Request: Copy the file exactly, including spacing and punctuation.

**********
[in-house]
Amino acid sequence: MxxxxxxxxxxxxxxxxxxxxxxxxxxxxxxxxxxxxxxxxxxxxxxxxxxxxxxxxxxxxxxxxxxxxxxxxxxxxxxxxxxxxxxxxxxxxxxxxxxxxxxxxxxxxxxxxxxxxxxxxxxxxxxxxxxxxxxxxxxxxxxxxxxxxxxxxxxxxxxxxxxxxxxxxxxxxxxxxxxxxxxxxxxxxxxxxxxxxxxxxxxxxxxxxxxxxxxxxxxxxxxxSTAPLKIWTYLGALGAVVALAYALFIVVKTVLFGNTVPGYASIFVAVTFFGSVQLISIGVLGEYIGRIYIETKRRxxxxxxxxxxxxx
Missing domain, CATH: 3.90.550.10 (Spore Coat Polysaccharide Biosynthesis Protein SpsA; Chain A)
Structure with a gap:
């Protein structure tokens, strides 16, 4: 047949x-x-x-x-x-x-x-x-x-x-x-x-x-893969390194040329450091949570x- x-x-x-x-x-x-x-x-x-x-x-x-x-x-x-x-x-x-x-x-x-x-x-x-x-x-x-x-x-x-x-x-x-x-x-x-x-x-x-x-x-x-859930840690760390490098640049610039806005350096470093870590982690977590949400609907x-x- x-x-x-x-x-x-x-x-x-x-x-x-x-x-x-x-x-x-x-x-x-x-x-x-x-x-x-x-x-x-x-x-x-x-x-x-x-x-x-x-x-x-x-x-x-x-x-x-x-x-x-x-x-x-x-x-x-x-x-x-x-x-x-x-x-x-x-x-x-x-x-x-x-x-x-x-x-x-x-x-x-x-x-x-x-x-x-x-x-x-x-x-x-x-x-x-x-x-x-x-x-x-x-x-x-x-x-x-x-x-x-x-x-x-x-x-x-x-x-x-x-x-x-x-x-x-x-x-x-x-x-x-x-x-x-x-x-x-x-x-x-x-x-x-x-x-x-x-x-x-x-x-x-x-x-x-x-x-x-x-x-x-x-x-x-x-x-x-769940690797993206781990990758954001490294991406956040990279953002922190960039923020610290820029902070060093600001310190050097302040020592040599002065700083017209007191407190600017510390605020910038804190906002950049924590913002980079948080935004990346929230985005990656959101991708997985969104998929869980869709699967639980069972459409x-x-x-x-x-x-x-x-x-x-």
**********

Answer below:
[in-house]
Amino acid sequence: MxxxxxxxxxxxxxxxxxxxxxxxxxxxxxxxxxxxxxxxxxxxxxxxxxxxxxxxxxxxxxxxxxxxxxxxxxxxxxxxxxxxxxxxxxxxxxxxxxxxxxxxxxxxxxxxxxxxxxxxxxxxxxxxxxxxxxxxxxxxxxxxxxxxxxxxxxxxxxxxxxxxxxxxxxxxxxxxxxxxxxxxxxxxxxxxxxxxxxxxxxxxxxxxxxxxxxxxxxxxxxxxSTAPLKIWTYLGALGAVVALAYALFIVVKTVLFGNTVPGYASIFVAVTFFGSVQLISIGVLGEYIGRIYIETKRRxxxxxxxxxxxxx
Missing domain, CATH: 3.90.550.10 (Spore Coat Polysaccharide Biosynthesis Protein SpsA; Chain A)
Structure with a gap:
């Protein structure tokens, strides 16, 4: 047949x-x-x-x-x-x-x-x-x-x-x-x-x-893969390194040329450091949570x- x-x-x-x-x-x-x-x-x-x-x-x-x-x-x-x-x-x-x-x-x-x-x-x-x-x-x-x-x-x-x-x-x-x-x-x-x-x-x-x-x-x-859930840690760390490098640049610039806005350096470093870590982690977590949400609907x-x- x-x-x-x-x-x-x-x-x-x-x-x-x-x-x-x-x-x-x-x-x-x-x-x-x-x-x-x-x-x-x-x-x-x-x-x-x-x-x-x-x-x-x-x-x-x-x-x-x-x-x-x-x-x-x-x-x-x-x-x-x-x-x-x-x-x-x-x-x-x-x-x-x-x-x-x-x-x-x-x-x-x-x-x-x-x-x-x-x-x-x-x-x-x-x-x-x-x-x-x-x-x-x-x-x-x-x-x-x-x-x-x-x-x-x-x-x-x-x-x-x-x-x-x-x-x-x-x-x-x-x-x-x-x-x-x-x-x-x-x-x-x-x-x-x-x-x-x-x-x-x-x-x-x-x-x-x-x-x-x-x-x-x-x-x-x-x-x-769940690797993206781990990758954001490294991406956040990279953002922190960039923020610290820029902070060093600001310190050097302040020592040599002065700083017209007191407190600017510390605020910038804190906002950049924590913002980079948080935004990346929230985005990656959101991708997985969104998929869980869709699967639980069972459409x-x-x-x-x-x-x-x-x-x-």